CLEVELAND — A blighted home targeted as part of a city-funded demolition project remains languishing as a pile of debris after the contractor started but never finished the job. Largely reduced to a pile of splintered wood and broken bricks that measures 10 feet high in some places, the home located in the 1300 block of East 120th Street has been a source of frustration for neighbors and Ward 9 Councilman Kevin Conwell.
A half-dozen neighbors told News 5 on Wednesday that the demolition crew began tearing down the property in early September or late August — more than a month ago. Since then, the contractor has not been seen. The large pile of debris extends well over the sidewalk and nearly encroaches upon the street.
“Every day we come and there’s stuff increasing and increasing from people illegally dumping there,” said neighbor Tracy Johnson. “It’s crazy. You have kids walking back and forth to school right here. You can see the school is a few houses down from this. I just want it cleaned up because it looks horrible.”
Neighbors alerted News 5 to the demolition issues while working in the area on an unrelated story. The size of the debris pile has to be seen to truly be believed. Although a majority of the house has been torn down, a small portion of the rear of the home, including the back porch, remains standing. The home appears as if the demolition crew went on a lunch break and never returned.
“Whoever started this needs to finish it and complete the assignment so the neighbors around you can be at ease,” Johnson said.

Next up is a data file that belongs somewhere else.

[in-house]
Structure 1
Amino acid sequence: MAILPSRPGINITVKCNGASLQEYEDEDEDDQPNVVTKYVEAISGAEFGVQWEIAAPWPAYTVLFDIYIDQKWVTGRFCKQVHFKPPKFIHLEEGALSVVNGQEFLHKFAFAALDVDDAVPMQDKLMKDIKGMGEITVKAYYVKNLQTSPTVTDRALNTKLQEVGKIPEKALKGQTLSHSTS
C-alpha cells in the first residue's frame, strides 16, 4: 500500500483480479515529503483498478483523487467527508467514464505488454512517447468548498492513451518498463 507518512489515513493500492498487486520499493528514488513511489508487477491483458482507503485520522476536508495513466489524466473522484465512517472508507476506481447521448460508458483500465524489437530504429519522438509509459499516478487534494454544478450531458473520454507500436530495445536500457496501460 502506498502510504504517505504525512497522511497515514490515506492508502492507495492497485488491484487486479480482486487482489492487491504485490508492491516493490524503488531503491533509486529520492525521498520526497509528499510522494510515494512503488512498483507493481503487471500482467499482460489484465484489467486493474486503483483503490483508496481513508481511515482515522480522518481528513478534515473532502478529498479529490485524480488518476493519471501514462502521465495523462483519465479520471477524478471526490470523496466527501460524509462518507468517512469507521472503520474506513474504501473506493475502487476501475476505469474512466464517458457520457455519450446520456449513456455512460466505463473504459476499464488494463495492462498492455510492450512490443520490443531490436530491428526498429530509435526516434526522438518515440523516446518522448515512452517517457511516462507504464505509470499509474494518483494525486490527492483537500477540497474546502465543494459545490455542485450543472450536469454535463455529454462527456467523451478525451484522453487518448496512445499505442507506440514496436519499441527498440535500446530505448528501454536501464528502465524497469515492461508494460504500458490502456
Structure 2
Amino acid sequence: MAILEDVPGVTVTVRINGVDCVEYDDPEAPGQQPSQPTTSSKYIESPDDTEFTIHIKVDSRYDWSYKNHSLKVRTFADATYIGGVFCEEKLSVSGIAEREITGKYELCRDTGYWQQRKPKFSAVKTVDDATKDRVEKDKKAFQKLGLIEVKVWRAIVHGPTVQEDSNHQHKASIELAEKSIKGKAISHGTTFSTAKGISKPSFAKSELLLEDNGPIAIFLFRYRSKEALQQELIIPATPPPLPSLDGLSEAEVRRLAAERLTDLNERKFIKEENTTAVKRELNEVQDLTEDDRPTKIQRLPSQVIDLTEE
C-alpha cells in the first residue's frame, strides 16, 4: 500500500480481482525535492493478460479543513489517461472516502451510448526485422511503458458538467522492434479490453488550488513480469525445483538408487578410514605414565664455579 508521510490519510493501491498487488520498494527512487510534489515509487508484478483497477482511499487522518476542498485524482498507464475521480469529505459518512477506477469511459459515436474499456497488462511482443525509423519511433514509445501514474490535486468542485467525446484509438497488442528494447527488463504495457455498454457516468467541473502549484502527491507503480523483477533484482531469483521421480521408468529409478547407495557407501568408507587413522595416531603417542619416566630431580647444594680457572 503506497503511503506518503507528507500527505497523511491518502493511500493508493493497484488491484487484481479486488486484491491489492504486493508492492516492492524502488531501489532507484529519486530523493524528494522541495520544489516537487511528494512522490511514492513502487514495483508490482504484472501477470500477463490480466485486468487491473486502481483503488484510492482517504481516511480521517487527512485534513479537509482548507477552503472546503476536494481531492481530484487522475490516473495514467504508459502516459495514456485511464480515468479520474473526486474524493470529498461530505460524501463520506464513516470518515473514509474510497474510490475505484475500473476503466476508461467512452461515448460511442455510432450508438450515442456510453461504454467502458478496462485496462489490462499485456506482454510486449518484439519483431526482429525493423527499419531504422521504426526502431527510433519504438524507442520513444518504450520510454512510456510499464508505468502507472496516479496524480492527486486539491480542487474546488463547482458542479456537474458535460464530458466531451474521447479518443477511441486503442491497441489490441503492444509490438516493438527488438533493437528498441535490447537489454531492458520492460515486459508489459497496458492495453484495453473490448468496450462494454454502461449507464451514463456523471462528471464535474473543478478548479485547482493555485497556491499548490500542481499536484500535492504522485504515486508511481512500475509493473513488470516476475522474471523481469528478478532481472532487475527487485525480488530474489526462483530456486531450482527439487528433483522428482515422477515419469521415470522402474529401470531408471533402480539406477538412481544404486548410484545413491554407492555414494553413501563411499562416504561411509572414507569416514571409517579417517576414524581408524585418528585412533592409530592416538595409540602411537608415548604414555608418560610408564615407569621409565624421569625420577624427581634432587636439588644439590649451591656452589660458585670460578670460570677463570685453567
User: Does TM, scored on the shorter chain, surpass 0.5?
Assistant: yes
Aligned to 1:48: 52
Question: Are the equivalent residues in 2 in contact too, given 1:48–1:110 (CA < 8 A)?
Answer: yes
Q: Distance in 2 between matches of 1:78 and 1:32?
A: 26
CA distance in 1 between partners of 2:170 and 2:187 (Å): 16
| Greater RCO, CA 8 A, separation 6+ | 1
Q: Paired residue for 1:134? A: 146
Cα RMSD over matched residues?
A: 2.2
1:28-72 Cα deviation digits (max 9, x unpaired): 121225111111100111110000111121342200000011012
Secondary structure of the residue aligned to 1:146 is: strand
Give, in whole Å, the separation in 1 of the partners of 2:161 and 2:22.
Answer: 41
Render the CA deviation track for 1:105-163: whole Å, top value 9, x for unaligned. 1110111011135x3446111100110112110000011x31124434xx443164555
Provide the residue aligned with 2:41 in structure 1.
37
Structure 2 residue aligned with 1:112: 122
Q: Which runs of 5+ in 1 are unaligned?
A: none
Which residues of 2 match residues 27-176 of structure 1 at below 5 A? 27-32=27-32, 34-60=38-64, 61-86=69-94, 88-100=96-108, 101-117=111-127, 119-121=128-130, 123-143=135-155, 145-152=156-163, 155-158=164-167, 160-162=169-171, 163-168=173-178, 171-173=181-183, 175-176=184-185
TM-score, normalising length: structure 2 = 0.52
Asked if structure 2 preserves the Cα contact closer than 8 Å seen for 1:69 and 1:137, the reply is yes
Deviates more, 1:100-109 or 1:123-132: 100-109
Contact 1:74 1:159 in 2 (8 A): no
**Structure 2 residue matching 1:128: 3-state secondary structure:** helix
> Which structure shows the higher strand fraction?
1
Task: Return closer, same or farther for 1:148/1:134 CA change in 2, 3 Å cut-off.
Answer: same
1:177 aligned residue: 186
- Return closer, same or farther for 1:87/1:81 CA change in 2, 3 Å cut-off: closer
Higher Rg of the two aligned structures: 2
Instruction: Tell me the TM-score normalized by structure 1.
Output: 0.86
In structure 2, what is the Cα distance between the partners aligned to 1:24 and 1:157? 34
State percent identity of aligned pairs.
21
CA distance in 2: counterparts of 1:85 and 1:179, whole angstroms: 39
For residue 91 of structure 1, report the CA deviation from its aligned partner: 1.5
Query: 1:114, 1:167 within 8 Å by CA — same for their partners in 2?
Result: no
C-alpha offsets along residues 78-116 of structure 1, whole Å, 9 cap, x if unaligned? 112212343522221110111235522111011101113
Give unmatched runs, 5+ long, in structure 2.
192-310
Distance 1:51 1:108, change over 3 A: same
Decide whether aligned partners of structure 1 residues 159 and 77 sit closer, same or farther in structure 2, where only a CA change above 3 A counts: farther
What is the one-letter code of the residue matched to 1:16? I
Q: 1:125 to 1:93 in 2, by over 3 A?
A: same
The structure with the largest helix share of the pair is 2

News 5 called Ward 9 Councilman Kevin Conwell who was appalled and disappointed by what he saw.
“My first reaction was disappointment. I want to find out what is the problem with it and who was the demolition company,” Conwell said. “This is embarrassing. What we need to do is look and find out if [the contractor] can lose his contract and we need to take the contract away.”
Conwell immediately called the city’s Department of Building and Housing who told him that the contractor had been hired by the city through its usual request-for-proposals process. The contractor has not been paid for the work.
Because the contractor has not yet sought payment from the city, inspectors and compliance officials from Building and Housing had not had the opportunity to ensure the home had been properly demolished. Additionally, Conwell said the contractor had not notified the city of any issues related to the property.
“We’re going to clean it up and monitor it to make sure that it is cleaned up,” Conwell said. “Whoever is the contractor, they’re adding to the issues and concerns and our problems by leaving it like this. That’s why I’m very highly disappointed.”
Conwell said clean up could begin as soon as Thursday. News 5 has reached out to the city for additional information as well as the identity of the contractor.